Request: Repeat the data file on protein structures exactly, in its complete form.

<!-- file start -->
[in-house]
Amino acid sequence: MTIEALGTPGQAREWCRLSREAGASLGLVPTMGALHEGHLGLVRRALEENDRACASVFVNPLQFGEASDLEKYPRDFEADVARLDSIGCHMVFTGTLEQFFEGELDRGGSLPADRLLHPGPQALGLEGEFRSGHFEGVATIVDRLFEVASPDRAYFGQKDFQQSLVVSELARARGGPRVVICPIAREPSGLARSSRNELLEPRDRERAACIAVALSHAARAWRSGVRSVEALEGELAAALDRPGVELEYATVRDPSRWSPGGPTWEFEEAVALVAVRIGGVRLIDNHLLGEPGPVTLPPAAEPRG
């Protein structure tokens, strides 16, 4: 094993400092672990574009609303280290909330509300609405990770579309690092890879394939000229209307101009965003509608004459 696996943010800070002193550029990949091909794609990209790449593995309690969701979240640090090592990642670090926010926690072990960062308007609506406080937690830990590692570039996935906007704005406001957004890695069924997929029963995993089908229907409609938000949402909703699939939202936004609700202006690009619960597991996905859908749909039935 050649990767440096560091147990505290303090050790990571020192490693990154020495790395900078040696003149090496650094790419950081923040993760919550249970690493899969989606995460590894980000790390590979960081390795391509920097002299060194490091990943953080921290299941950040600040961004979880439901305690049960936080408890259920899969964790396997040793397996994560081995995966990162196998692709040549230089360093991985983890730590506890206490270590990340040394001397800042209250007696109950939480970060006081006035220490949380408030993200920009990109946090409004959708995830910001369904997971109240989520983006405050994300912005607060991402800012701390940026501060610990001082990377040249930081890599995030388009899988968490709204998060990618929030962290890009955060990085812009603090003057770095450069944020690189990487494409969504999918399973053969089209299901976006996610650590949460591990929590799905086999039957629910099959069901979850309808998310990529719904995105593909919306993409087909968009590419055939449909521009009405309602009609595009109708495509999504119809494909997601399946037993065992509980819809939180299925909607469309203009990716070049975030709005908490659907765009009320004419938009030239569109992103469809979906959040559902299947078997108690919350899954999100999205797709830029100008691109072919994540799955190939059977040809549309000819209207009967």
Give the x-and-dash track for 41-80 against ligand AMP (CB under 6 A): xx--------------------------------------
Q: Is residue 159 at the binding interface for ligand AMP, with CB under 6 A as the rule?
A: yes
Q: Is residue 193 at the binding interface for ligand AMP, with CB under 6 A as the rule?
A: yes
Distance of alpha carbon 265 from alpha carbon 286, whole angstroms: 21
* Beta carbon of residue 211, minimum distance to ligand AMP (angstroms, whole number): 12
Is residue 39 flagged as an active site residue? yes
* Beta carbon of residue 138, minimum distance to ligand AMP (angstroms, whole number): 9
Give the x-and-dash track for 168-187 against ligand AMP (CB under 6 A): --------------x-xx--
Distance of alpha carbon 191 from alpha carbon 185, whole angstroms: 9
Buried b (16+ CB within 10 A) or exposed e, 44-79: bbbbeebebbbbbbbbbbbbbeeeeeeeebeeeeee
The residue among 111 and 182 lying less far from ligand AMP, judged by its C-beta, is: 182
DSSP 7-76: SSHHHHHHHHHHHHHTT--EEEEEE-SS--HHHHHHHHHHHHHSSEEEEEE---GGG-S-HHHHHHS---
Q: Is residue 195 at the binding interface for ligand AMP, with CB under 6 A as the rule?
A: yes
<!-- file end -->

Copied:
[in-house]
Amino acid sequence: MTIEALGTPGQAREWCRLSREAGASLGLVPTMGALHEGHLGLVRRALEENDRACASVFVNPLQFGEASDLEKYPRDFEADVARLDSIGCHMVFTGTLEQFFEGELDRGGSLPADRLLHPGPQALGLEGEFRSGHFEGVATIVDRLFEVASPDRAYFGQKDFQQSLVVSELARARGGPRVVICPIAREPSGLARSSRNELLEPRDRERAACIAVALSHAARAWRSGVRSVEALEGELAAALDRPGVELEYATVRDPSRWSPGGPTWEFEEAVALVAVRIGGVRLIDNHLLGEPGPVTLPPAAEPRG
């Protein structure tokens, strides 16, 4: 094993400092672990574009609303280290909330509300609405990770579309690092890879394939000229209307101009965003509608004459 696996943010800070002193550029990949091909794609990209790449593995309690969701979240640090090592990642670090926010926690072990960062308007609506406080937690830990590692570039996935906007704005406001957004890695069924997929029963995993089908229907409609938000949402909703699939939202936004609700202006690009619960597991996905859908749909039935 050649990767440096560091147990505290303090050790990571020192490693990154020495790395900078040696003149090496650094790419950081923040993760919550249970690493899969989606995460590894980000790390590979960081390795391509920097002299060194490091990943953080921290299941950040600040961004979880439901305690049960936080408890259920899969964790396997040793397996994560081995995966990162196998692709040549230089360093991985983890730590506890206490270590990340040394001397800042209250007696109950939480970060006081006035220490949380408030993200920009990109946090409004959708995830910001369904997971109240989520983006405050994300912005607060991402800012701390940026501060610990001082990377040249930081890599995030388009899988968490709204998060990618929030962290890009955060990085812009603090003057770095450069944020690189990487494409969504999918399973053969089209299901976006996610650590949460591990929590799905086999039957629910099959069901979850309808998310990529719904995105593909919306993409087909968009590419055939449909521009009405309602009609595009109708495509999504119809494909997601399946037993065992509980819809939180299925909607469309203009990716070049975030709005908490659907765009009320004419938009030239569109992103469809979906959040559902299947078997108690919350899954999100999205797709830029100008691109072919994540799955190939059977040809549309000819209207009967």
Give the x-and-dash track for 41-80 against ligand AMP (CB under 6 A): xx--------------------------------------
Q: Is residue 159 at the binding interface for ligand AMP, with CB under 6 A as the rule?
A: yes
Q: Is residue 193 at the binding interface for ligand AMP, with CB under 6 A as the rule?
A: yes
Distance of alpha carbon 265 from alpha carbon 286, whole angstroms: 21
* Beta carbon of residue 211, minimum distance to ligand AMP (angstroms, whole number): 12
Is residue 39 flagged as an active site residue? yes
* Beta carbon of residue 138, minimum distance to ligand AMP (angstroms, whole number): 9
Give the x-and-dash track for 168-187 against ligand AMP (CB under 6 A): --------------x-xx--
Distance of alpha carbon 191 from alpha carbon 185, whole angstroms: 9
Buried b (16+ CB within 10 A) or exposed e, 44-79: bbbbeebebbbbbbbbbbbbbeeeeeeeebeeeeee
The residue among 111 and 182 lying less far from ligand AMP, judged by its C-beta, is: 182
DSSP 7-76: SSHHHHHHHHHHHHHTT--EEEEEE-SS--HHHHHHHHHHHHHSSEEEEEE---GGG-S-HHHHHHS---
Q: Is residue 195 at the binding interface for ligand AMP, with CB under 6 A as the rule?
A: yes